Transformations in American Legal History: Essays in Honor of Professor Morton J. Horwitz

Overview

During his career at Harvard, Morton Horwitz changed the questions legal historians ask. The Transformation of American Law, 1780–1860 (1977) disclosed the many ways that judge-made law favored commercial and property interests and remade law to promote economic growth. The Transformation of American Law, 1870–1960 (1992) continued that project, with a focus on ideas that reshaped law as we struggled for objective and neutral legal responses to our country’s crises.

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Overview

During his career at Harvard, Morton Horwitz changed the questions legal historians ask. The Transformation of American Law, 1780–1860 (1977) disclosed the many ways that judge-made law favored commercial and property interests and remade law to promote economic growth. The Transformation of American Law, 1870–1960 (1992) continued that project, with a focus on ideas that reshaped law as we struggled for objective and neutral legal responses to our country’s crises.

In this book, Horwitz’s students re-examine legal history from America’s colonial era to the late twentieth century. They ask classic Horwitzian questions, of how legal doctrine, thought, and practice are shaped by the interests of the powerful, as well as by the ideas of lawyers, politicians, and others. The essays address current questions in legal history, from colonial legal practice to questions of empire, civil rights, and constitutionalism in a democracy. The essays are, like Horwitz, provocative and original as they continue his transformation of American legal history.

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Product Details

  • ISBN-13: 9780674033467
  • Publisher: Harvard University Press
  • Publication date: 3/31/2009
  • Series: Harvard Law School Series
  • Pages: 408
  • Product dimensions: 6.20 (w) x 9.00 (h) x 1.20 (d)

Meet the Author

Daniel W. Hamilton is Professor of Law at the University of Illinois College of Law.

Alfred L. Brophy is Reef C. Ivey II Professor of Law at the University of North Carolina.

Mary Sarah Bilder is Professor of Law, Boston College Law School.

Alfred L. Brophy is Reef C. Ivey II Professor of Law at the University of North Carolina.

Sally E. Hadden is Associate Professor of History and Assisant Professor of Law at Florida State University.

Alison L. LaCroix is Professor of Law, University of Chicago Law School.

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Table of Contents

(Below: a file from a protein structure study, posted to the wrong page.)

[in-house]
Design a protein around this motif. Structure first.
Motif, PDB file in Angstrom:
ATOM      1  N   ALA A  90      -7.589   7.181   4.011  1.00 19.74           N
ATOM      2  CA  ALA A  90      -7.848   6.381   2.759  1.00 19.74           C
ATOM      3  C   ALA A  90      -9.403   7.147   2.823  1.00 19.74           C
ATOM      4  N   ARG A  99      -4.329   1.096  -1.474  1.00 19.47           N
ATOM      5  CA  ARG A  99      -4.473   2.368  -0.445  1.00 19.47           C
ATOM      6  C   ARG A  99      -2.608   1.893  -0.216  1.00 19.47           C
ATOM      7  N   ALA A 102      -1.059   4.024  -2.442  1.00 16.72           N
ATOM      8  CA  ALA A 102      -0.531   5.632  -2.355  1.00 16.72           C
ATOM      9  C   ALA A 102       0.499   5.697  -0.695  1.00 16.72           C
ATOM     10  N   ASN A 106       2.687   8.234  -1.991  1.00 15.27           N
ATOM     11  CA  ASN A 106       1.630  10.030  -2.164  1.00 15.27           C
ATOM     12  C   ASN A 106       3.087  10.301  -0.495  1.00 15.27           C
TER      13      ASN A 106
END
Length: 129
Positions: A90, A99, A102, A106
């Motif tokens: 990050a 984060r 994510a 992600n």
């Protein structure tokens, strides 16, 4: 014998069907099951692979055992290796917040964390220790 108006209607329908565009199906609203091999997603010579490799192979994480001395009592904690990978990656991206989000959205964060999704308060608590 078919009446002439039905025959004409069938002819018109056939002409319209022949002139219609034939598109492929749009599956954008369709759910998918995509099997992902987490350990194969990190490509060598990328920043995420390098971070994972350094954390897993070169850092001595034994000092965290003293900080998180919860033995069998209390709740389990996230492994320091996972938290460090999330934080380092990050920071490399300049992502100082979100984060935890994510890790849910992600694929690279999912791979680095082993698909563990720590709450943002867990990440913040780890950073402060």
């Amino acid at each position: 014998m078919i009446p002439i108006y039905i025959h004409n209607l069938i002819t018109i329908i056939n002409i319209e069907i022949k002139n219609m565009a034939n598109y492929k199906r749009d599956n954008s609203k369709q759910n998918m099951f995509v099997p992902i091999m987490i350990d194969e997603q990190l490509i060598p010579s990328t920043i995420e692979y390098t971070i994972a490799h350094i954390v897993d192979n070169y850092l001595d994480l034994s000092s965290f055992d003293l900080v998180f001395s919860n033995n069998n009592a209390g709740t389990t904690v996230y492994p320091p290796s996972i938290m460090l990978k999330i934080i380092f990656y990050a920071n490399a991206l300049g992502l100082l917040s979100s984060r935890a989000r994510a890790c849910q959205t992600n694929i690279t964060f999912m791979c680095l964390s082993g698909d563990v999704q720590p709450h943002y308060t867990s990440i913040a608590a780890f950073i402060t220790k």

• Foreword
  • Preface
  • Acknowledgements

  1. Debating the Transformation of American Law: James, Kent, Joseph Story, and the Legacy of the Revolution
    Daniel J. Husebosch
  2. Colonial Constitutionalism and Constitutional Law
    Mary Sarah Bilder
  3. Drawing and Redrawing the Line: The Pre-Revolutionary Origins of Federal Ideas of Sovereignty
    Alison LaCroix
  4. DeSaussure and Ford: A Charleston Law Firm of the 1790s
    Sally E. Hadden
  5. Utility, History, and the Rule of Law: The Fugitive Slave Act of 1850 in Antebellum Jurisprudence
    Alfred L. Brophy
  6. Stability and Change in Antebellum Property Law: Stare Decisis in Judicial Rhetoric
    Polly J. Price
  7. “The Benefits and Evils of Competition”: James Coolidge Carter's Supreme Court Advocacy
  8. On Limited Liability: A Speculative Essay on Evolution and Justification
    Gregory Mark
  9. Transformations: Pluralism, Individualism, and Democracy
    Dalia Tsuk Mitchell
  10. The Death and Rebirth of the Clear and Present Danger Test
    Stephen A. Siegel
  11. Hugo Black's Civil Rights Movement
    Christopher Schmidt
  12. Peregrinations of the Free Rider: The Changing Logics of collective Obligation
    Elizabeth Blackmar
  13. Two Horwitzian Journeys
    Assaf Likhovski
  14. Morton Horwitz: Legal Historian as Lawyer and Historian
    William Michael Treanor
  15. Whither Legal History?
    Charles Donahue Jr.
  16. The Moral Lives of Intellectual Properties
    Steven Wilf
  17. Geniuses and Owners: The Construction of Inventors and the Emergence of American Intellectual Property
    Oren Bracha
  18. Morton Horwitz and the Teaching of American Legal History
    Daniel W. Hamilton

  • About the Contributors
  • Index

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